Confluence is an intuitive, user-friendly platform for creating and collaborating on documents. It comes with many of the features you’d expect from a word processor, such as basic text formatting and the ability to change text color and alignment, and add images, tables, links, and bullet points. Most importantly for collaboration on contracts, you can do live collaborative editing like in Google Docs or make suggestions as to changes using inline comments.
However, Confluence actually has more in common with website builders like WordPress than it does with traditional text editors like Word, and there’s a lot more automation involved. Confluence pages come with optional macros that let you pull in all kinds of dynamic content. For example, if you insert the Table of Contents macro, this will list all the headings on your page as clickable links. The Roadmap Planner macro lets you insert a visual representation of a timeline, so for a SOW this could be a project timeline or representation of project phases. And the Task Reports macro is used to track progress on open action items on a page, so this could be used to track outstanding changes to a contract.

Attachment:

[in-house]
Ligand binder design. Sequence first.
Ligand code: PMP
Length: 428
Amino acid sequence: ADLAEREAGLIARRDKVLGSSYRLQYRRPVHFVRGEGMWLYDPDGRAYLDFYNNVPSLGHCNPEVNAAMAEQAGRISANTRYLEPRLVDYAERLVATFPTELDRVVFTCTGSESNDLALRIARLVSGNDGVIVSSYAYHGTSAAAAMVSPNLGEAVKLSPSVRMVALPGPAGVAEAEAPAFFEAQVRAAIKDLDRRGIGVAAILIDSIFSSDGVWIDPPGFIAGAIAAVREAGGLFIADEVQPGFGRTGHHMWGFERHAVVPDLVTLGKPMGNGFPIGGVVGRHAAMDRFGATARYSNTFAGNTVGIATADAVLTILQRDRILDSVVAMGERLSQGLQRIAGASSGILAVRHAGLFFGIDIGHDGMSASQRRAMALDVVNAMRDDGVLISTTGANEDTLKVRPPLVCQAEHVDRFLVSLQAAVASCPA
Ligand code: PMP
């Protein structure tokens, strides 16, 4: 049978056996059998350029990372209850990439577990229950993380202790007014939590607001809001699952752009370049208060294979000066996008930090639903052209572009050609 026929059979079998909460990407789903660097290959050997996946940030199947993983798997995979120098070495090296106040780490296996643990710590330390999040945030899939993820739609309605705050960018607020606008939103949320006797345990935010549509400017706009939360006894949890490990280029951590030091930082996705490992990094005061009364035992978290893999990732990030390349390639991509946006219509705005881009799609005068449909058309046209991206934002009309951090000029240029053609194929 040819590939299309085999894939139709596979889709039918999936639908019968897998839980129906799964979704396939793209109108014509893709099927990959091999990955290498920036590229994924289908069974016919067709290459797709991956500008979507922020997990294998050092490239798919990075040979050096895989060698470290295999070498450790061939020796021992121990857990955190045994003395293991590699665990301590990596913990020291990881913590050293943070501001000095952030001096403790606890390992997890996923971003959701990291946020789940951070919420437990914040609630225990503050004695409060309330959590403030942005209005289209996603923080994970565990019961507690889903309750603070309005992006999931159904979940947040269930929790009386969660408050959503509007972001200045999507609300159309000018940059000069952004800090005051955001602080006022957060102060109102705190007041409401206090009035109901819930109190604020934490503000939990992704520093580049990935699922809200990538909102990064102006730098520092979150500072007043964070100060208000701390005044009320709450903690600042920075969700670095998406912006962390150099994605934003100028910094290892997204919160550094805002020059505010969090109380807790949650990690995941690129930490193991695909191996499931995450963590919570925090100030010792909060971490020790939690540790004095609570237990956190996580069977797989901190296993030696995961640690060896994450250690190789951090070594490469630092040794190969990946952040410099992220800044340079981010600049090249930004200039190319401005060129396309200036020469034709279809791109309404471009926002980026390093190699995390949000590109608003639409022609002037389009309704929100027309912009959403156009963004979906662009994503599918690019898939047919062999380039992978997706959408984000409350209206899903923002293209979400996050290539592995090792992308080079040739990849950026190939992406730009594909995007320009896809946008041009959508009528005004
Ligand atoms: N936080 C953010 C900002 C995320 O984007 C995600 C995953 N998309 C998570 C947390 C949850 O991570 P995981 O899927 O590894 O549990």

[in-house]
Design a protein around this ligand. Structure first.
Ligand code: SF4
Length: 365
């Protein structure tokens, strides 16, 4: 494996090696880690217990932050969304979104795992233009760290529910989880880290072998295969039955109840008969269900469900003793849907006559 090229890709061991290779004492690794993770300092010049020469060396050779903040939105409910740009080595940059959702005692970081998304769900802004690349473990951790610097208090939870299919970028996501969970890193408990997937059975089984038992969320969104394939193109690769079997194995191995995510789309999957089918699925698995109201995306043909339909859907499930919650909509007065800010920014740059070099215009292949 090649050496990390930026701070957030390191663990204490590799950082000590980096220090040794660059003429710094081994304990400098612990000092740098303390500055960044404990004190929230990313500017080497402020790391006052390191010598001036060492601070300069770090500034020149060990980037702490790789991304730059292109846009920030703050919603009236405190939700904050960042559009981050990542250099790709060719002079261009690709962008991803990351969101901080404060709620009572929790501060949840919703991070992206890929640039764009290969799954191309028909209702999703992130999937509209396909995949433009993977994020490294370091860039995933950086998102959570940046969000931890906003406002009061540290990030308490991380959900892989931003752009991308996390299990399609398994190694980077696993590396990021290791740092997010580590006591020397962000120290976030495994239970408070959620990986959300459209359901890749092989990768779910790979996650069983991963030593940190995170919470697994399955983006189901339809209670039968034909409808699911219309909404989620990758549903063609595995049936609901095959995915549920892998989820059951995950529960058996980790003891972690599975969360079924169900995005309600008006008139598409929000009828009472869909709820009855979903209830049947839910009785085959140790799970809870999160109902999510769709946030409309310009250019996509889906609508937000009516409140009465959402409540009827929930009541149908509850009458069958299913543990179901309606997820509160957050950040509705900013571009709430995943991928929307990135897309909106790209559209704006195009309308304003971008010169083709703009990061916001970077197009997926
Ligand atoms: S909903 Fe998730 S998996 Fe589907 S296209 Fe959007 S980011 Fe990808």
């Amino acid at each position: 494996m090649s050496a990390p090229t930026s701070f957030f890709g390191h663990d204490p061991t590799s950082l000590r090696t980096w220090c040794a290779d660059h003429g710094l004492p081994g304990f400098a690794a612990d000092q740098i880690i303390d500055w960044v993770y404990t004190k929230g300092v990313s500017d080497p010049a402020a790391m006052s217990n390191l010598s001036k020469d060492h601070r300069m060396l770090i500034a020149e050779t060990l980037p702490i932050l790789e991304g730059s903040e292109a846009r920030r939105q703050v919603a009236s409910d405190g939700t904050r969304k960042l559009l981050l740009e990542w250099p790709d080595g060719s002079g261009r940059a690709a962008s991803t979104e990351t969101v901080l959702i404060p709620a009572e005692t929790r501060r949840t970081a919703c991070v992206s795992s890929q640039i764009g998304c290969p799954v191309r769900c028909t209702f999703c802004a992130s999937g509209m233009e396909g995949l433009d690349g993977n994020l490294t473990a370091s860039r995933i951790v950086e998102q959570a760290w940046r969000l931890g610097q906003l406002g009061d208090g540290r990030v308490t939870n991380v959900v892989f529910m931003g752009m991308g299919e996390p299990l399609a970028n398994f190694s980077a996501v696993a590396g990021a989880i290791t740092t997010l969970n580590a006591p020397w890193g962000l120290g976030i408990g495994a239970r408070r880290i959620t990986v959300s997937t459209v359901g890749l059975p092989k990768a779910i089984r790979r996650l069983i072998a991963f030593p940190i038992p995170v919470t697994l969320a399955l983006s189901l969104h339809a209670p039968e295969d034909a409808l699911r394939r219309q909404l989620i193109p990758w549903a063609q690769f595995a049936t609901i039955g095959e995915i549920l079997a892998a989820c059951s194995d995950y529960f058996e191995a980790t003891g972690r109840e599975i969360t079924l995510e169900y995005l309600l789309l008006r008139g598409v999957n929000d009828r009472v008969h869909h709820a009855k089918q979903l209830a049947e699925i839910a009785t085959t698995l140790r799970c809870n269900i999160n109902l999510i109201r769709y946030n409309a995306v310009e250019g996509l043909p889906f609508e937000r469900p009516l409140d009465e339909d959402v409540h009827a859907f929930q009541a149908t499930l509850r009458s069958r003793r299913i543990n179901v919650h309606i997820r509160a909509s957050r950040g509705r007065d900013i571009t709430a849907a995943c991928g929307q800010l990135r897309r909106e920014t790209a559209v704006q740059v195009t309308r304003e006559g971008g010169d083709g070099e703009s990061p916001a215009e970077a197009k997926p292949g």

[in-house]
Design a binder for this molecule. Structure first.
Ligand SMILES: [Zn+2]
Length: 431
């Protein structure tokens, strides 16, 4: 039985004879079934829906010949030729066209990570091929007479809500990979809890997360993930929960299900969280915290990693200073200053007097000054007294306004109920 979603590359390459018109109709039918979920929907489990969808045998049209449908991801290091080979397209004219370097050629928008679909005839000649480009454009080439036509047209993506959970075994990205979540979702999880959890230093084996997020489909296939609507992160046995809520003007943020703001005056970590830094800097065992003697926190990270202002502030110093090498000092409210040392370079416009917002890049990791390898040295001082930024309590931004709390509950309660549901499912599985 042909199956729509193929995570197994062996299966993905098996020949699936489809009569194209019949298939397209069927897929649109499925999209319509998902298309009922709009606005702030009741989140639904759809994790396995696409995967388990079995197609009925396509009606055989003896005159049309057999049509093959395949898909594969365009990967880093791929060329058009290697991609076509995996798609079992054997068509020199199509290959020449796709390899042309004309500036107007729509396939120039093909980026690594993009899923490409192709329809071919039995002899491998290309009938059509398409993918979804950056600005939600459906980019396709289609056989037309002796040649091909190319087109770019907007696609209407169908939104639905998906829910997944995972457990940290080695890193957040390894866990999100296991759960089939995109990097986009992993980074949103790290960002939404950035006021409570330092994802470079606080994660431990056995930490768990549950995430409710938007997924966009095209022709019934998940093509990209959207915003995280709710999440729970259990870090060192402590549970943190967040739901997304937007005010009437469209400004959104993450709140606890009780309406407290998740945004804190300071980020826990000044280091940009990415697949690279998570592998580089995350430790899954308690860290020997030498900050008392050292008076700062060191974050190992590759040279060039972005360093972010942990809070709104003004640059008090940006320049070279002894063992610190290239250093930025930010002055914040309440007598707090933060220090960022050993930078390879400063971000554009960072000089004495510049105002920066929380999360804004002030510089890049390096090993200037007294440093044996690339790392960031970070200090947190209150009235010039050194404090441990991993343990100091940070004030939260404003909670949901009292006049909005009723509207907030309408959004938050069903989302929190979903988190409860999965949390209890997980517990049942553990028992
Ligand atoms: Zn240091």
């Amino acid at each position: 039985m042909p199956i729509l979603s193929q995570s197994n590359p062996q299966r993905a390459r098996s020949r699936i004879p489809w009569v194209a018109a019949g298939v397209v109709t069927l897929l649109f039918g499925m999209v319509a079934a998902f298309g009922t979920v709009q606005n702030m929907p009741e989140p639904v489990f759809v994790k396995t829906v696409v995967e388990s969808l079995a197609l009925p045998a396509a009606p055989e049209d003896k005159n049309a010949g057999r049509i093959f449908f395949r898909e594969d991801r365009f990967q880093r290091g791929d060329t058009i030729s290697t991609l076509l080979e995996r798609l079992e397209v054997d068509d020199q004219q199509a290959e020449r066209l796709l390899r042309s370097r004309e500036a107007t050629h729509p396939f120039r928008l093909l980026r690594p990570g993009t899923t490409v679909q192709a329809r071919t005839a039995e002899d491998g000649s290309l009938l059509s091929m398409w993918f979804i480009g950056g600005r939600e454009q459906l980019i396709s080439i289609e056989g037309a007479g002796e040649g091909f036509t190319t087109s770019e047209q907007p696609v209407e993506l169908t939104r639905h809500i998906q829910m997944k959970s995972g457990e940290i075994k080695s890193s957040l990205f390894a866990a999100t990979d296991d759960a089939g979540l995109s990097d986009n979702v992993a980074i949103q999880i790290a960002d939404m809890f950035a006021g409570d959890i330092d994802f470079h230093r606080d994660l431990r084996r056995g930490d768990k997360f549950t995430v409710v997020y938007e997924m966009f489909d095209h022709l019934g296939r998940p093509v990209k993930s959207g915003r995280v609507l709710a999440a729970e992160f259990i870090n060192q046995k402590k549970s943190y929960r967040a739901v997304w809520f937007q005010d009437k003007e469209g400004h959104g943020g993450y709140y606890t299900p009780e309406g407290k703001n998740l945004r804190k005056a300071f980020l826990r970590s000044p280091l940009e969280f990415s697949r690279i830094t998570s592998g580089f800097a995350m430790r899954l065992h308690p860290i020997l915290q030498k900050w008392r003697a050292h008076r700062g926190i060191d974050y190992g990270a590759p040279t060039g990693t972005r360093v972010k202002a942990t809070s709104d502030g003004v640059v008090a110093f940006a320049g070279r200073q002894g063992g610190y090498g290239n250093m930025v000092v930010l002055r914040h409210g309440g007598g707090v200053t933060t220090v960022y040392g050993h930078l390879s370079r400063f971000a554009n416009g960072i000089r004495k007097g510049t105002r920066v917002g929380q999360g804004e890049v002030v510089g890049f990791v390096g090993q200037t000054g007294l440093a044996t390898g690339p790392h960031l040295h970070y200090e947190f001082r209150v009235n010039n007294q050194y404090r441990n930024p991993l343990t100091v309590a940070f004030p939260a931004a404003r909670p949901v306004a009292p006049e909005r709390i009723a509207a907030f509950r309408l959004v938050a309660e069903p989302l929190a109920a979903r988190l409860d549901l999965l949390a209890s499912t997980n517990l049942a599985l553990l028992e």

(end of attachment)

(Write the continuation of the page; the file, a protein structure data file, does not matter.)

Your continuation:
Unlike most word processors, Confluence pages come pre-formatted. It deliberately doesn’t give you options for paragraphing and line spacing, nor font type and size aside from the paragraph and heading text types. These might be seen as limitations, but it’s because it’s designed to be a company-wide documentation repository, with all the documents contained therein having a similar look and feel. Heaven forbid you have someone doing all their documentation double-spaced in Times New Roman, another writing everything single-spaced in Comic Sans. *shiver*